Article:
Slice, array and vector alignment (bug?)

Why does the following code work and not work depending on the length of the array or if I use a vector?

// useless_vec lint
let bytes = vec![0, 0, 0, 1, 0];

assert_eq!(std::mem::align_of::<[u8; 4]>(), 1);
assert_eq!(std::mem::align_of::<[u8; 5]>(), 1);

let slice = &bytes[0..4];
assert_eq!(std::mem::align_of_val(slice), 1);

// Passes for vec from 1 to 16,
// 4-long array from 1 to 4
// 5-long array from 1 to 2
for n in [1, 2, 4, 8, 16] {
    assert_eq!((slice.as_ptr() as *const ()).align_offset(n), 0)

/// Copied from bytemuck
fn is_aligned_to(ptr: *const (), align: usize) -> bool {
    dbg!((ptr as usize) % align);

    // This is in a way better than `ptr as usize % align == 0`,
    // because casting a pointer to an integer has the side effect that it
    // exposes the pointer's provenance, which may theoretically inhibit
    // some compiler optimizations.
    dbg!(ptr.align_offset(align)) == 0

// Even when the slice's length is divisible by 4, this fails?
assert_eq!(slice.len() % 4, 0);
assert!(is_aligned_to(slice.as_ptr() as *const (), std::mem::align_of::<u32>()));

// As a consequence, this fails
let _: u32 = *bytemuck::from_bytes(slice);

Can I expect that all Vec's I get from the network are aligned for u32's? Or should I pack the struct or use pod_read_unaligned?

How does bytemuck::pod_read_unaligned work if alignment is required? i.e. I'm not using a packed struct

It is not required for pod_read_unaligned, as per the documentation, but you are not using that function. You are using from_bytes, which is just a ref-to-ref conversion, therefore it necessarily requires alignment.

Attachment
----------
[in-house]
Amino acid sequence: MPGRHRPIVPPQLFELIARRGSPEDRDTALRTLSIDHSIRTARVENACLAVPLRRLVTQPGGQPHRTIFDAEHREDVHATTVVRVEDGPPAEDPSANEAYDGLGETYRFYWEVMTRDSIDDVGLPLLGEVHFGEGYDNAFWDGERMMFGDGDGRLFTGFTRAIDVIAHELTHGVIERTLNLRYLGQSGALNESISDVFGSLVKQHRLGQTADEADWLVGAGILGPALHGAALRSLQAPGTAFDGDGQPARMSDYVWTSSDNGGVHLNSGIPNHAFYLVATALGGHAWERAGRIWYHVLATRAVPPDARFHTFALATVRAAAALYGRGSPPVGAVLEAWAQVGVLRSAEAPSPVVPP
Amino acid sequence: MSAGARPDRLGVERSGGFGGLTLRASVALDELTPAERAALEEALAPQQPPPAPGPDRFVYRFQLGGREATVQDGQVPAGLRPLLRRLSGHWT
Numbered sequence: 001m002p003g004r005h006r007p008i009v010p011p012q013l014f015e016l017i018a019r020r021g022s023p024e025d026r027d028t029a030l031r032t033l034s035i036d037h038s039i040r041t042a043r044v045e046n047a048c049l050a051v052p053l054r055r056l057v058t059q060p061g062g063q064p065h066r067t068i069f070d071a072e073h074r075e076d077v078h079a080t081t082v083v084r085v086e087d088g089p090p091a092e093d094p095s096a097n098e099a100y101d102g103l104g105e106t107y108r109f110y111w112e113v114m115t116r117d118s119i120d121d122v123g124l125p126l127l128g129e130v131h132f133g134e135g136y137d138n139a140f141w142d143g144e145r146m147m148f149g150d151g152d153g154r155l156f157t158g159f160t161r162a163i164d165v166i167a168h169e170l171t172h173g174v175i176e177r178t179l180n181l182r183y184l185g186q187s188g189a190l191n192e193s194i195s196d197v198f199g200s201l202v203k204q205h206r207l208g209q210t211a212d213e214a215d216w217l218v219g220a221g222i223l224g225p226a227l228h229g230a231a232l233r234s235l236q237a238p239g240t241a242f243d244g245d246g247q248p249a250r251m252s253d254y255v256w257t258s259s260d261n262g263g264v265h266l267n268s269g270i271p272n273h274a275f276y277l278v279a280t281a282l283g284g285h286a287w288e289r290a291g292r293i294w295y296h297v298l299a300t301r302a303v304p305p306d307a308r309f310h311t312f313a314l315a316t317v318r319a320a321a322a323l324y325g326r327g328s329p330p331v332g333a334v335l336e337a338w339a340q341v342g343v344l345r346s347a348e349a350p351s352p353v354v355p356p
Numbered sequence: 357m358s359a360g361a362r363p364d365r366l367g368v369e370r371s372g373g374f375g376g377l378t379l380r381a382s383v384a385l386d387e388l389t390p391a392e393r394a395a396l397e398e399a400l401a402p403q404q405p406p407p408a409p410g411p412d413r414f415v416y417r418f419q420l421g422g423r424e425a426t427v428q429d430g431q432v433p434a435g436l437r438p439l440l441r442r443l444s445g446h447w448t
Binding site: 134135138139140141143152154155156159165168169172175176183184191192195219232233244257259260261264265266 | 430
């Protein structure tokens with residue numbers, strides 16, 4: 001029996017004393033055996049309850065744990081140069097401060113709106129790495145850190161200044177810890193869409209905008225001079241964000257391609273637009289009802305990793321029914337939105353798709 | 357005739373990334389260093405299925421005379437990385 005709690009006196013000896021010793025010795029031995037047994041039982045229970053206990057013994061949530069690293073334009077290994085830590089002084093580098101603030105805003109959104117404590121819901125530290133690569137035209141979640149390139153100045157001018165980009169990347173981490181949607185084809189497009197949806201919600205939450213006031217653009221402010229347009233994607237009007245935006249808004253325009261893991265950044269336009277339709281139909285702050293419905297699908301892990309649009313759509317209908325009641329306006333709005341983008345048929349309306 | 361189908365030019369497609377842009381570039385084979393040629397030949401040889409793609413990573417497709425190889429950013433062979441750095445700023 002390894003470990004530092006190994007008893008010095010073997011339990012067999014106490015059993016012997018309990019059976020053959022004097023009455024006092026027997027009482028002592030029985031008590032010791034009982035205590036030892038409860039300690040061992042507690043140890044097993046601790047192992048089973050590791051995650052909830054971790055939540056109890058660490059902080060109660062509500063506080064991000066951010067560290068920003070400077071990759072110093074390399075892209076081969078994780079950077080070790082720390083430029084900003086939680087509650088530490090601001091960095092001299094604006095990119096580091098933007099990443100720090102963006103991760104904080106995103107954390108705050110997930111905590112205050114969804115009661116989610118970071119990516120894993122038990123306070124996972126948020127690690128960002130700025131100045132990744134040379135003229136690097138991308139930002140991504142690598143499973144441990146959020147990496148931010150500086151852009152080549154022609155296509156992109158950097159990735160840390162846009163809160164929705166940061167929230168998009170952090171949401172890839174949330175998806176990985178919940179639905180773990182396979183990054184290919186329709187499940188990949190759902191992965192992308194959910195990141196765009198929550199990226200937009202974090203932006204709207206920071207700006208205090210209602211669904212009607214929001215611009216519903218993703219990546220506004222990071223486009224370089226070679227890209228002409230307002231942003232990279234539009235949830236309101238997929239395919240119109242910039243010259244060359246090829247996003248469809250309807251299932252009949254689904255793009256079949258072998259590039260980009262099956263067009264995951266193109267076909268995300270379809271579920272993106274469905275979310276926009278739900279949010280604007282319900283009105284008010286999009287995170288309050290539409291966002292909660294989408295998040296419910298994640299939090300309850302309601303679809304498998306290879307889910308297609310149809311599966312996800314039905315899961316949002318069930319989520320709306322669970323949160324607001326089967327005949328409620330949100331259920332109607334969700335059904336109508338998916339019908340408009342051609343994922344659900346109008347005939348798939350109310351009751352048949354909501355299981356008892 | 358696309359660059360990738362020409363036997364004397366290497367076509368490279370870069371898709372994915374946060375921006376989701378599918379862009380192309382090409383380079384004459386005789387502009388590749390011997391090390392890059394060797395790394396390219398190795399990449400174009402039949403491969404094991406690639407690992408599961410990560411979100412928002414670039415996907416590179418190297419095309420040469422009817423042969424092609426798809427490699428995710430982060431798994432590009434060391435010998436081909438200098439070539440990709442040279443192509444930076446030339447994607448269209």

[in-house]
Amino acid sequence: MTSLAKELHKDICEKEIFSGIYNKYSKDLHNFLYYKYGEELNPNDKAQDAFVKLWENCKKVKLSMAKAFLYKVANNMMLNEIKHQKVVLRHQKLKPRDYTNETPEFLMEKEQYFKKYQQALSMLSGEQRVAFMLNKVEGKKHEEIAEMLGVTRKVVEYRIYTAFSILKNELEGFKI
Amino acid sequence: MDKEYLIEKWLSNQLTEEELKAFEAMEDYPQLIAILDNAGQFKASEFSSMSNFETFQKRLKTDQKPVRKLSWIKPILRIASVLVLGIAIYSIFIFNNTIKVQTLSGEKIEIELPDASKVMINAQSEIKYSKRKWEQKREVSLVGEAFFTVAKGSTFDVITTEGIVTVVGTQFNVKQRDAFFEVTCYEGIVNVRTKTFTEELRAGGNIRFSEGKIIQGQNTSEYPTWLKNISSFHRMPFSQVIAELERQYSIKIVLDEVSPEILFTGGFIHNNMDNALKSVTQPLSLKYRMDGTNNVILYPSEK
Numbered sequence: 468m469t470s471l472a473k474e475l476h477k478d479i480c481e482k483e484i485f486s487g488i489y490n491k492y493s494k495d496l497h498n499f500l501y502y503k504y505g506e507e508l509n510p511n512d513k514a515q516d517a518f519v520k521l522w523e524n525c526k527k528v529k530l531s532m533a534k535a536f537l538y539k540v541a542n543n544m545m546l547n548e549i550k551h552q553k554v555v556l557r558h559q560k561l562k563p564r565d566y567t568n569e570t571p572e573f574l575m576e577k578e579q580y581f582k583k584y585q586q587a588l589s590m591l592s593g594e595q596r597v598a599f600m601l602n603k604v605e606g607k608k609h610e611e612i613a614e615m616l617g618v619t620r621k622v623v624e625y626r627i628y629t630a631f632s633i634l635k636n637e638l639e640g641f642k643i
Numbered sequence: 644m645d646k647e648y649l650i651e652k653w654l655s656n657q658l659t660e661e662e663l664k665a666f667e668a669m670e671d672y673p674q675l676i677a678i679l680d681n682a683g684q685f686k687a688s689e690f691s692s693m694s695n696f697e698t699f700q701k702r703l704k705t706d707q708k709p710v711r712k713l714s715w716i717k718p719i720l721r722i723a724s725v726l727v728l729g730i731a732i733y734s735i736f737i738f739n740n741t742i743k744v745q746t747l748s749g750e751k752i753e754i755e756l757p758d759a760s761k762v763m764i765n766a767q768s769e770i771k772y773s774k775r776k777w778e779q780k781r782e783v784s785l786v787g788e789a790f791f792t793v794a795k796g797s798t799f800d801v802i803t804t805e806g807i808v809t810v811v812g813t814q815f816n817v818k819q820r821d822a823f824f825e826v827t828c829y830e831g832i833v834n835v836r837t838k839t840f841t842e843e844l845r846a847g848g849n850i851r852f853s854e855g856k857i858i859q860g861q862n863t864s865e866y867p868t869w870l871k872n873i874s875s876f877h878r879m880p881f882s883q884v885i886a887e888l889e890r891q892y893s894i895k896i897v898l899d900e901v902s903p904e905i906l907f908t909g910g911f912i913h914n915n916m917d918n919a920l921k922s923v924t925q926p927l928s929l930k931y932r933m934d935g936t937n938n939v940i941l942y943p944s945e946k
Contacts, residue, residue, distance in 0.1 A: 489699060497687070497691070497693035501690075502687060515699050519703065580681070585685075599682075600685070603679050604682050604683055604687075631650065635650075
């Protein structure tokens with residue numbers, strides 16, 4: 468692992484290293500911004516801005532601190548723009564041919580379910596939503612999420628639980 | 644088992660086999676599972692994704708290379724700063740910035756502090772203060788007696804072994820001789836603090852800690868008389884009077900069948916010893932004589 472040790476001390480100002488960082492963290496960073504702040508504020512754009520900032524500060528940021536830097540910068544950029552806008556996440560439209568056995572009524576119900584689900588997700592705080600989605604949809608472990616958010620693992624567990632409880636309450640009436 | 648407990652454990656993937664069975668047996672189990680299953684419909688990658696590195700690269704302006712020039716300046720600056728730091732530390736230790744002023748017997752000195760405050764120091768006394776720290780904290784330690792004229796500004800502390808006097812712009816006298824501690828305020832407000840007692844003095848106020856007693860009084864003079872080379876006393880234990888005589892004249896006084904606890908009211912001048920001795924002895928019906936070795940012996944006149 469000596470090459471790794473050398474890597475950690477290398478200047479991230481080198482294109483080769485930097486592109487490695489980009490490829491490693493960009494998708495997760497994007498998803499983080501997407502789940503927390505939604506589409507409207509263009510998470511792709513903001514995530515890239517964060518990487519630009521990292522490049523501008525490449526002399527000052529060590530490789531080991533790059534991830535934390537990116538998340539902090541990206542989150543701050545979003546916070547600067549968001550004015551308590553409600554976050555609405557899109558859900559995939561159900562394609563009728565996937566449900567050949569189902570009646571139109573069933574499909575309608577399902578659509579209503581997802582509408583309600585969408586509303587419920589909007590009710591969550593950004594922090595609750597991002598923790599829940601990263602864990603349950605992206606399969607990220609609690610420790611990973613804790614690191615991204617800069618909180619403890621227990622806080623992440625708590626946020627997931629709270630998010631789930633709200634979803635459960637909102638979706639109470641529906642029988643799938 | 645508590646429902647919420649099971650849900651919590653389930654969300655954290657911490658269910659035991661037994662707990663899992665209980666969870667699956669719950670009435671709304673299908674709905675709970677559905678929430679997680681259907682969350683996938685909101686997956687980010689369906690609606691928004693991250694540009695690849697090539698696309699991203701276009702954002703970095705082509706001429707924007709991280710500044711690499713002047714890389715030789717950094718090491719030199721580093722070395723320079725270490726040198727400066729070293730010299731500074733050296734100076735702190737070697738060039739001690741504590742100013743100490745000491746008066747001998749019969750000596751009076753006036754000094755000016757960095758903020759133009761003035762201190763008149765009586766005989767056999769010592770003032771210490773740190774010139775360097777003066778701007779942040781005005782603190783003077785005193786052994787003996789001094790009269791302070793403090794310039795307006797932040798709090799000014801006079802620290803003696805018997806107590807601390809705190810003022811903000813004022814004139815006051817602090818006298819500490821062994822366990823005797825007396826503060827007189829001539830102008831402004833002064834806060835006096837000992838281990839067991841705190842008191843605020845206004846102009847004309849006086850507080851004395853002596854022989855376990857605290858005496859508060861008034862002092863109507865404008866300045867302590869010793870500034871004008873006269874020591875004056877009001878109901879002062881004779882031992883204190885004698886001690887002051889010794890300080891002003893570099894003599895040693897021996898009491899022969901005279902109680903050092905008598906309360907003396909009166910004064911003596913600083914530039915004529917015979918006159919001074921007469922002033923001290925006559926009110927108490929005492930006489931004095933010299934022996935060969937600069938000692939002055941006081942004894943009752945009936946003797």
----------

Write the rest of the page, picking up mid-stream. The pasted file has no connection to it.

1 Like

You can only expect it to be aligned to the value of std::mem::align_of::<T>(). If T is u8 that is 1, which is too small for being aligned for a u32.

It uses the read_unaligned method on raw pointers (or equivalently std::ptr::read_unaligned) which allows reading from unaligned pointers.

Specifically for reading a u32 from a slice of u8 you can just read a [u8; 4] from it and convert them to a u32 using u32::from_le_bytes/u32::from_be_bytes depending on the endianess used in the protocol. Also check out the byteorder crate which simplifies this process.


Thanks for the quick response! So read_unaligned copies the data to align it? Would this all work zero-copy if I made my struct packed?
And it's just coincidence that the slices of [u8; 4] and Vec<u8> happen to align to 4?
Is this code UB because it doesn't check alignment?

unsafe { &*(buffer.as_ptr() as *const TcpHeader) }

Yes, it performs a read which is technically a copy.

It would allow you to create a reference to it or to a slice of that type, so you will initially avoid a copy.

Yes, though it's not too unlikely. The way allocators work make it more likely for small allocations or allocations with size multiple of some power of 2 to be more aligned than requested, but this is just a coincidence and nothing guaranteed.

If the alignment of TcpHeader is not 1 and nothing guarantees the alignment of buffer to be bigger or equal to TcpHeader's then yes, it's unsound (it's UB if buffer happens to actually be less aligned than what TcpHeader requires)